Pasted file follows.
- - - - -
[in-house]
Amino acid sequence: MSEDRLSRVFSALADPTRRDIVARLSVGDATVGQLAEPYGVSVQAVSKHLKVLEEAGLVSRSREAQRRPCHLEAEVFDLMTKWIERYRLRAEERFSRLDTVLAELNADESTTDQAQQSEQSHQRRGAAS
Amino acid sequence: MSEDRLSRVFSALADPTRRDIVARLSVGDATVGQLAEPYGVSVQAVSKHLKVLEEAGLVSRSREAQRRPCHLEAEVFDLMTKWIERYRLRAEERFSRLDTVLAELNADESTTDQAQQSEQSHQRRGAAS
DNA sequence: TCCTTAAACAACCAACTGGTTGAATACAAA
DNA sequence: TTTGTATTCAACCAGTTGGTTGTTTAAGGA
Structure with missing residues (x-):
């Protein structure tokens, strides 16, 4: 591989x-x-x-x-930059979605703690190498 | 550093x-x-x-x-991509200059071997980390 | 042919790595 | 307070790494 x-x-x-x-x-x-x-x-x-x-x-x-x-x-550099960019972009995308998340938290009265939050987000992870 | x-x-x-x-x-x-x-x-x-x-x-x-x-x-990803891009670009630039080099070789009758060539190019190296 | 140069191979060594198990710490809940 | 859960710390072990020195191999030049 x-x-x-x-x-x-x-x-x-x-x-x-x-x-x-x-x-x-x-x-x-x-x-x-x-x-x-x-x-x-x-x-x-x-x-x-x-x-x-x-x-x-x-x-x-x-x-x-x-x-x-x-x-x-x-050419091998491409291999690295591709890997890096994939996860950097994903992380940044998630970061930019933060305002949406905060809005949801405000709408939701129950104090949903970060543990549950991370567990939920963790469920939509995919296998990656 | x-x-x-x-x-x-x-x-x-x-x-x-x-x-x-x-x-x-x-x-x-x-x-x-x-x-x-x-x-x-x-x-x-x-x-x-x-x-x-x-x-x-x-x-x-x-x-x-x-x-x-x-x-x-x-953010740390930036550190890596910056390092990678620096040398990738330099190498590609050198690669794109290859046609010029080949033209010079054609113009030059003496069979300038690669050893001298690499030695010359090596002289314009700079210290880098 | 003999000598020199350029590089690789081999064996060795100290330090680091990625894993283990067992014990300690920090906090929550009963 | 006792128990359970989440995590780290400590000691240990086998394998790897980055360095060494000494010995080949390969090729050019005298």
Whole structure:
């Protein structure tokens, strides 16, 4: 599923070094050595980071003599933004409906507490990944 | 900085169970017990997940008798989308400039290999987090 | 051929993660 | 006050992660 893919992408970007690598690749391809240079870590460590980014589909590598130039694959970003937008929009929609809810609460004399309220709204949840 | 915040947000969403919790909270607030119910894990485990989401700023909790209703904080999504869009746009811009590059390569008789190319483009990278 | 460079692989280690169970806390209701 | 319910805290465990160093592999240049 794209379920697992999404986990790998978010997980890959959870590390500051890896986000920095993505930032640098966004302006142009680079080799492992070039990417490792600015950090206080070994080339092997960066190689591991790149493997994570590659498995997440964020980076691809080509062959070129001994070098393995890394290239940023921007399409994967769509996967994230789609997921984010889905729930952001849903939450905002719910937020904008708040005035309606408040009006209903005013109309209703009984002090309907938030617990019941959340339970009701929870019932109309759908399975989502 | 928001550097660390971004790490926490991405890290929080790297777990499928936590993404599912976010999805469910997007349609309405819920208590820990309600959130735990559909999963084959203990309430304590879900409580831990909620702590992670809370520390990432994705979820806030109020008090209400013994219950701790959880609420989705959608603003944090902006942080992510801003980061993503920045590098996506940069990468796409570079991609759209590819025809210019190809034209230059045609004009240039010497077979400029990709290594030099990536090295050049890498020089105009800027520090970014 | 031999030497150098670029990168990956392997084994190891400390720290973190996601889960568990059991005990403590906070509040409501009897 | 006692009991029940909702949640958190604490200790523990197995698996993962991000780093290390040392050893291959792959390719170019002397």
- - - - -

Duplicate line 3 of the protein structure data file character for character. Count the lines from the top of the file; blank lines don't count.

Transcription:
Amino acid sequence: MSEDRLSRVFSALADPTRRDIVARLSVGDATVGQLAEPYGVSVQAVSKHLKVLEEAGLVSRSREAQRRPCHLEAEVFDLMTKWIERYRLRAEERFSRLDTVLAELNADESTTDQAQQSEQSHQRRGAAS